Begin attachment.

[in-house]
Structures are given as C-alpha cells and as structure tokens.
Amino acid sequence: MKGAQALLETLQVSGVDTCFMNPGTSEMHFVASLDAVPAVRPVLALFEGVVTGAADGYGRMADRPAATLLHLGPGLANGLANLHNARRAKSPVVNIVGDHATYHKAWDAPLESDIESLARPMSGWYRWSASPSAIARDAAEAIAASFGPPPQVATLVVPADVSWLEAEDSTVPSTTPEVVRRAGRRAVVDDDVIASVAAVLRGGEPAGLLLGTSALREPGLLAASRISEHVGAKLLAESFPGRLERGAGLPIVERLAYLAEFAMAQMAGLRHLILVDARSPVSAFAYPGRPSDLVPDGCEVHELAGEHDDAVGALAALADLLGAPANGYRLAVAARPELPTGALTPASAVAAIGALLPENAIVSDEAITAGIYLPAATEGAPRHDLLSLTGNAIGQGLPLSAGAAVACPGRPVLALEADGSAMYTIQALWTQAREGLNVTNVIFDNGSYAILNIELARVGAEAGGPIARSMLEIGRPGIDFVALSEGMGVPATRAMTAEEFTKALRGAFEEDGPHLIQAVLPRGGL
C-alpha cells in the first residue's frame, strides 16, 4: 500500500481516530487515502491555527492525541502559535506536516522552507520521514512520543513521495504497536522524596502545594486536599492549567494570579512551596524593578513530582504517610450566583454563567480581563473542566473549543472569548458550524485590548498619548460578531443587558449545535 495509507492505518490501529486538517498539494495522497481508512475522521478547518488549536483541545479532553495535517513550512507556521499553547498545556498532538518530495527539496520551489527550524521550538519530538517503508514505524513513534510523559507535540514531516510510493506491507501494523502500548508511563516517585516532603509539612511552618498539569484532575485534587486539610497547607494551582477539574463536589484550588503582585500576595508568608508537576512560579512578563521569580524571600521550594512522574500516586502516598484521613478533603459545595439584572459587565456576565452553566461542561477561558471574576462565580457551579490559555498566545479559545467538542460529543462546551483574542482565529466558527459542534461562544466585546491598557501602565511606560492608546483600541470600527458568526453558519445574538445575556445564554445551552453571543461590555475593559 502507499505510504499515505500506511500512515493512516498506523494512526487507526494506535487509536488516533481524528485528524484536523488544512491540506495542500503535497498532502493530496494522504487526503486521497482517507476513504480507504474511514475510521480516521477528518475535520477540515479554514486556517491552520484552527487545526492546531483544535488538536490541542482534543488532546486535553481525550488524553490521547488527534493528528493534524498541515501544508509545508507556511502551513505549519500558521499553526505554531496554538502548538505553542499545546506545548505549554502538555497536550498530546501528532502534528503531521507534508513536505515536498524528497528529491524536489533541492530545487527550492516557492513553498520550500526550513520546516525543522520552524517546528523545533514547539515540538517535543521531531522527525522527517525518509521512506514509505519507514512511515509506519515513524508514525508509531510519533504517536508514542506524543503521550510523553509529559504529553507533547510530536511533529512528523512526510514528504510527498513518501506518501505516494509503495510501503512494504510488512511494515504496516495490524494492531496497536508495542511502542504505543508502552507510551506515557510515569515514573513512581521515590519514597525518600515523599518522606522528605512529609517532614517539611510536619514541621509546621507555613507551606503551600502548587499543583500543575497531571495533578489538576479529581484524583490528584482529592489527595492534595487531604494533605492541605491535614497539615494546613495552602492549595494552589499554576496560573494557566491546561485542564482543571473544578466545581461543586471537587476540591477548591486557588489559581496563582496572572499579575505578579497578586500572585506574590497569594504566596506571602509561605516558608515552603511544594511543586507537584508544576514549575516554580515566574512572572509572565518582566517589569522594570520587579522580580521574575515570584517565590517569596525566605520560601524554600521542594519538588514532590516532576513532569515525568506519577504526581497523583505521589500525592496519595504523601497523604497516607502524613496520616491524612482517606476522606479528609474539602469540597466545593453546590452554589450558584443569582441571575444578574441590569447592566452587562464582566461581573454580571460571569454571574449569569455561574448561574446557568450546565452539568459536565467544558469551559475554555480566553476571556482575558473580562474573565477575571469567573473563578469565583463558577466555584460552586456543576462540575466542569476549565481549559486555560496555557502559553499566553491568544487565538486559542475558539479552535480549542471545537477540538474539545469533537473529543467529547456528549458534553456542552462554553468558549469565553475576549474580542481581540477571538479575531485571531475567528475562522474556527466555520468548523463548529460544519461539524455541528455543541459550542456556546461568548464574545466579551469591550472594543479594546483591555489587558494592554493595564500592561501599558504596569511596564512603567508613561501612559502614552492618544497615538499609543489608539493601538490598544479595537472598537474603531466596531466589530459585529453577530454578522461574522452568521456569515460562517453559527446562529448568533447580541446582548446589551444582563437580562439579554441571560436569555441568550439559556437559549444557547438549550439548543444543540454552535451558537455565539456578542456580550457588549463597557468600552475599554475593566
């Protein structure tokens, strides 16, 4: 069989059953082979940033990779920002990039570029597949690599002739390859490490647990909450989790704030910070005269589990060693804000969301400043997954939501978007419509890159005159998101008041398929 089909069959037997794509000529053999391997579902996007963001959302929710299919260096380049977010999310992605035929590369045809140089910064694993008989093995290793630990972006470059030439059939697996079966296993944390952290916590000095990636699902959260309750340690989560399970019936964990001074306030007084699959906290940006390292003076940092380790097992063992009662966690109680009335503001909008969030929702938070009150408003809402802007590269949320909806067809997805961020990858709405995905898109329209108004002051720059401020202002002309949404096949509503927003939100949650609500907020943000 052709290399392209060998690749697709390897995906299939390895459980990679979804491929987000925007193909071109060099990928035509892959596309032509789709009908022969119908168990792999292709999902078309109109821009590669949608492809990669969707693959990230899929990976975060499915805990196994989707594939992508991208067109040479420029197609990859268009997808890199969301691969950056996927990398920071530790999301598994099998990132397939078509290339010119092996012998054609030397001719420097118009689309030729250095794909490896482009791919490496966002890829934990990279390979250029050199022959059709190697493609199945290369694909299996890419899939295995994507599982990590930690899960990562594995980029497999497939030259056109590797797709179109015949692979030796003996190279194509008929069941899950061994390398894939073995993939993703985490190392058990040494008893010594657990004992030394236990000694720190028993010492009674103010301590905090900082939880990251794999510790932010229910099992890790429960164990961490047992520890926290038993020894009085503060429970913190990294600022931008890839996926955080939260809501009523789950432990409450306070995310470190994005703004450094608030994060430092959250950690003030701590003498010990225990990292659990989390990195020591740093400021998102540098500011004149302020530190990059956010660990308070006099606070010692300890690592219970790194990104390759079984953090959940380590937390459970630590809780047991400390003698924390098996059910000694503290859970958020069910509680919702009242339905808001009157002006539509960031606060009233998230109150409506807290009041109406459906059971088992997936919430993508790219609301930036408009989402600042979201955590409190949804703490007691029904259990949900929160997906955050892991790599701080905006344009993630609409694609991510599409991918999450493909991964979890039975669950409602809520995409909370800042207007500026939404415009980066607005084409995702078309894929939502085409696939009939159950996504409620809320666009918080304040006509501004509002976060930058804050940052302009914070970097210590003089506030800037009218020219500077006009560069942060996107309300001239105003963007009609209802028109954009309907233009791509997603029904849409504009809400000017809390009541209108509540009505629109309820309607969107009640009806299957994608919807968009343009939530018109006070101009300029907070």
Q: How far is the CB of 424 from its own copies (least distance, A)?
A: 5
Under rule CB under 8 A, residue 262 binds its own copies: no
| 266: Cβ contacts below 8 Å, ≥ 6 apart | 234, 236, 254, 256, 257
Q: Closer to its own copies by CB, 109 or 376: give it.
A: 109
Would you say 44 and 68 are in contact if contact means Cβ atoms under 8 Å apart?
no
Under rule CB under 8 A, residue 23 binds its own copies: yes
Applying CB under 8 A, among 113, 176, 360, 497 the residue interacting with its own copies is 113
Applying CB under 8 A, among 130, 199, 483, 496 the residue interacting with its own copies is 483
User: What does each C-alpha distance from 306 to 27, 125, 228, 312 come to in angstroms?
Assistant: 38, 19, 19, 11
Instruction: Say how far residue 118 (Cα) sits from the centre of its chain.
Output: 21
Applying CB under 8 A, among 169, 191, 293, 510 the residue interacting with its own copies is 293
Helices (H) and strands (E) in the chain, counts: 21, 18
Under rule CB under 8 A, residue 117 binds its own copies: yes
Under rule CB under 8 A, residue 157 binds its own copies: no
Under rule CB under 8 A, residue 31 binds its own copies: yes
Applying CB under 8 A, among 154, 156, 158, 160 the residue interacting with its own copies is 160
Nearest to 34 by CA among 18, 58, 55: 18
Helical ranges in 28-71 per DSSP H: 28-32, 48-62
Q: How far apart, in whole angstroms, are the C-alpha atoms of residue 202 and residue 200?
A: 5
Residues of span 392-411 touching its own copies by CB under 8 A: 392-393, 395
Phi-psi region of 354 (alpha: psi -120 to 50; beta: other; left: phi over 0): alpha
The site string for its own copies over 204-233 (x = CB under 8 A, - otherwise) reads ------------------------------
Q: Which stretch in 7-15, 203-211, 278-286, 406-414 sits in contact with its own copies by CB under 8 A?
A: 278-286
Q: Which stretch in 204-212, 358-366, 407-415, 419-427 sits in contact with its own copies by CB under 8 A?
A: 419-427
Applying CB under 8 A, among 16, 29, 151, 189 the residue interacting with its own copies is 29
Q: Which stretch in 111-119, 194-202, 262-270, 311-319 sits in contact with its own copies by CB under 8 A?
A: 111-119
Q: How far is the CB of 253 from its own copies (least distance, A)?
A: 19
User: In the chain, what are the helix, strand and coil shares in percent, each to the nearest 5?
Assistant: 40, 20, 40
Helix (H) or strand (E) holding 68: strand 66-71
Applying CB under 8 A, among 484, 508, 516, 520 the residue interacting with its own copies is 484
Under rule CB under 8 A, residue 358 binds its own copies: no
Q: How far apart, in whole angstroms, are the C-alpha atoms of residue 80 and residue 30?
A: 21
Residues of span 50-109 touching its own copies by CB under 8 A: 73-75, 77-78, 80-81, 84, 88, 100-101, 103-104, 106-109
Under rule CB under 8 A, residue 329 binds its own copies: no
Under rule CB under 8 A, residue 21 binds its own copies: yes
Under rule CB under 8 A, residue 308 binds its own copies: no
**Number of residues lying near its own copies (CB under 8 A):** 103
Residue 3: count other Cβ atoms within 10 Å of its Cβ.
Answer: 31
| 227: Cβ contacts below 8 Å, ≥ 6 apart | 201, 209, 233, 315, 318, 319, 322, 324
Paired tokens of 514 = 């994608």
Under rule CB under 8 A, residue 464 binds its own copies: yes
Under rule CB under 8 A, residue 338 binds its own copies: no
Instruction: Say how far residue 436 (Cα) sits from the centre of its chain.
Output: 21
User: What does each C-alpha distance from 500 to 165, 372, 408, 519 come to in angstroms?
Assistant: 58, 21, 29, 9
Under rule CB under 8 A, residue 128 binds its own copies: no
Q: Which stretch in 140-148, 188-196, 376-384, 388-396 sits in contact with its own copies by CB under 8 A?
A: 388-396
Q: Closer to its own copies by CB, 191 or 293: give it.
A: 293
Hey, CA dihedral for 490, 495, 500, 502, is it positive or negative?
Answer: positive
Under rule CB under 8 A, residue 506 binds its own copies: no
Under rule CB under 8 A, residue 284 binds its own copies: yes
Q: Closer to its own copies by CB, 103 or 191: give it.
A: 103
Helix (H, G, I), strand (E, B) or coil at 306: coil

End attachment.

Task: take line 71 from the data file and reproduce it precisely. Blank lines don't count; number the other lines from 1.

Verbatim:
Answer: positive